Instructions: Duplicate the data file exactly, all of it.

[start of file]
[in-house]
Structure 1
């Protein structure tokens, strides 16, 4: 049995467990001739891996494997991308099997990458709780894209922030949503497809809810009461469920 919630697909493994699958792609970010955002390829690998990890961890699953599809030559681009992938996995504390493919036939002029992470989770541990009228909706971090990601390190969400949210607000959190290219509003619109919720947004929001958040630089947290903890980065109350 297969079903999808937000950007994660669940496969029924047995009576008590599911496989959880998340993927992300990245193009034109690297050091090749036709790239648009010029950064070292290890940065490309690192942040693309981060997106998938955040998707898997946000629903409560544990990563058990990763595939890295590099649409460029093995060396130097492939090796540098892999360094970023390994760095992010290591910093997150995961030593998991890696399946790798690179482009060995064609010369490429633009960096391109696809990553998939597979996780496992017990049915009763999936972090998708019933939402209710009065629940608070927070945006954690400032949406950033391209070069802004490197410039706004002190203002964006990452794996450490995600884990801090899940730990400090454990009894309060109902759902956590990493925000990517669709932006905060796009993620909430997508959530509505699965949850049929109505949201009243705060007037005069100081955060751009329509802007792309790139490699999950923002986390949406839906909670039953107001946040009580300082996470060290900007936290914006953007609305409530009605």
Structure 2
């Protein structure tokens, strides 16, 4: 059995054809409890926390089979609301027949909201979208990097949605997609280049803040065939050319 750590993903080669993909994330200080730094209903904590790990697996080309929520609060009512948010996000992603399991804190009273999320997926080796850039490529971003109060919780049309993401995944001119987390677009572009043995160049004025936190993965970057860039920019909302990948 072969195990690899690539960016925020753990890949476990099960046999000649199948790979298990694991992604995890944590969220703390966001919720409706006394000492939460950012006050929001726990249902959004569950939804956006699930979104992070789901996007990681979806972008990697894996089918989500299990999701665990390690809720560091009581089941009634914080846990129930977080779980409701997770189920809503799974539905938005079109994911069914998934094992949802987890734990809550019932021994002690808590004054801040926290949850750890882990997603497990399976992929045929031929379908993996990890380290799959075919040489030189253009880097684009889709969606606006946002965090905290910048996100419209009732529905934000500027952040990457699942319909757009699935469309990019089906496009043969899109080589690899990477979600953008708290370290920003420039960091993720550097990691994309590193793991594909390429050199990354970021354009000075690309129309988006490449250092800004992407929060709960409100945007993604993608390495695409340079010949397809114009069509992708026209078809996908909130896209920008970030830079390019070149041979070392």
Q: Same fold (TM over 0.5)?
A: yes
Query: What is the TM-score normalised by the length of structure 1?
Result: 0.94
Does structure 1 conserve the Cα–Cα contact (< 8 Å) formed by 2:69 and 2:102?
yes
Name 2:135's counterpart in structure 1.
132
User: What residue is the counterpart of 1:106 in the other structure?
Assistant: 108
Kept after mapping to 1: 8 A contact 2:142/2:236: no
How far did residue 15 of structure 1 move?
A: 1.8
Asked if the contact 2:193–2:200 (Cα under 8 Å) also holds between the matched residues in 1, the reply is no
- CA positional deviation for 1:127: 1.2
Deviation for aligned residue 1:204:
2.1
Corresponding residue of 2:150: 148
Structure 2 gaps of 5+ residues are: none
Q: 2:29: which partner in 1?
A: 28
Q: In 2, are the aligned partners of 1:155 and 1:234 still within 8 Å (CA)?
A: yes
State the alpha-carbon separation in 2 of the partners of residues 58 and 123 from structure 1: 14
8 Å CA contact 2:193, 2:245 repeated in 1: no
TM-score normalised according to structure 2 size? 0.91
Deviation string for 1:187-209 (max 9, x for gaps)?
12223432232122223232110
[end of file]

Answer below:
[in-house]
Structure 1
């Protein structure tokens, strides 16, 4: 049995467990001739891996494997991308099997990458709780894209922030949503497809809810009461469920 919630697909493994699958792609970010955002390829690998990890961890699953599809030559681009992938996995504390493919036939002029992470989770541990009228909706971090990601390190969400949210607000959190290219509003619109919720947004929001958040630089947290903890980065109350 297969079903999808937000950007994660669940496969029924047995009576008590599911496989959880998340993927992300990245193009034109690297050091090749036709790239648009010029950064070292290890940065490309690192942040693309981060997106998938955040998707898997946000629903409560544990990563058990990763595939890295590099649409460029093995060396130097492939090796540098892999360094970023390994760095992010290591910093997150995961030593998991890696399946790798690179482009060995064609010369490429633009960096391109696809990553998939597979996780496992017990049915009763999936972090998708019933939402209710009065629940608070927070945006954690400032949406950033391209070069802004490197410039706004002190203002964006990452794996450490995600884990801090899940730990400090454990009894309060109902759902956590990493925000990517669709932006905060796009993620909430997508959530509505699965949850049929109505949201009243705060007037005069100081955060751009329509802007792309790139490699999950923002986390949406839906909670039953107001946040009580300082996470060290900007936290914006953007609305409530009605």
Structure 2
């Protein structure tokens, strides 16, 4: 059995054809409890926390089979609301027949909201979208990097949605997609280049803040065939050319 750590993903080669993909994330200080730094209903904590790990697996080309929520609060009512948010996000992603399991804190009273999320997926080796850039490529971003109060919780049309993401995944001119987390677009572009043995160049004025936190993965970057860039920019909302990948 072969195990690899690539960016925020753990890949476990099960046999000649199948790979298990694991992604995890944590969220703390966001919720409706006394000492939460950012006050929001726990249902959004569950939804956006699930979104992070789901996007990681979806972008990697894996089918989500299990999701665990390690809720560091009581089941009634914080846990129930977080779980409701997770189920809503799974539905938005079109994911069914998934094992949802987890734990809550019932021994002690808590004054801040926290949850750890882990997603497990399976992929045929031929379908993996990890380290799959075919040489030189253009880097684009889709969606606006946002965090905290910048996100419209009732529905934000500027952040990457699942319909757009699935469309990019089906496009043969899109080589690899990477979600953008708290370290920003420039960091993720550097990691994309590193793991594909390429050199990354970021354009000075690309129309988006490449250092800004992407929060709960409100945007993604993608390495695409340079010949397809114009069509992708026209078809996908909130896209920008970030830079390019070149041979070392």
Q: Same fold (TM over 0.5)?
A: yes
Query: What is the TM-score normalised by the length of structure 1?
Result: 0.94
Does structure 1 conserve the Cα–Cα contact (< 8 Å) formed by 2:69 and 2:102?
yes
Name 2:135's counterpart in structure 1.
132
User: What residue is the counterpart of 1:106 in the other structure?
Assistant: 108
Kept after mapping to 1: 8 A contact 2:142/2:236: no
How far did residue 15 of structure 1 move?
A: 1.8
Asked if the contact 2:193–2:200 (Cα under 8 Å) also holds between the matched residues in 1, the reply is no
- CA positional deviation for 1:127: 1.2
Deviation for aligned residue 1:204:
2.1
Corresponding residue of 2:150: 148
Structure 2 gaps of 5+ residues are: none
Q: 2:29: which partner in 1?
A: 28
Q: In 2, are the aligned partners of 1:155 and 1:234 still within 8 Å (CA)?
A: yes
State the alpha-carbon separation in 2 of the partners of residues 58 and 123 from structure 1: 14
8 Å CA contact 2:193, 2:245 repeated in 1: no
TM-score normalised according to structure 2 size? 0.91
Deviation string for 1:187-209 (max 9, x for gaps)?
12223432232122223232110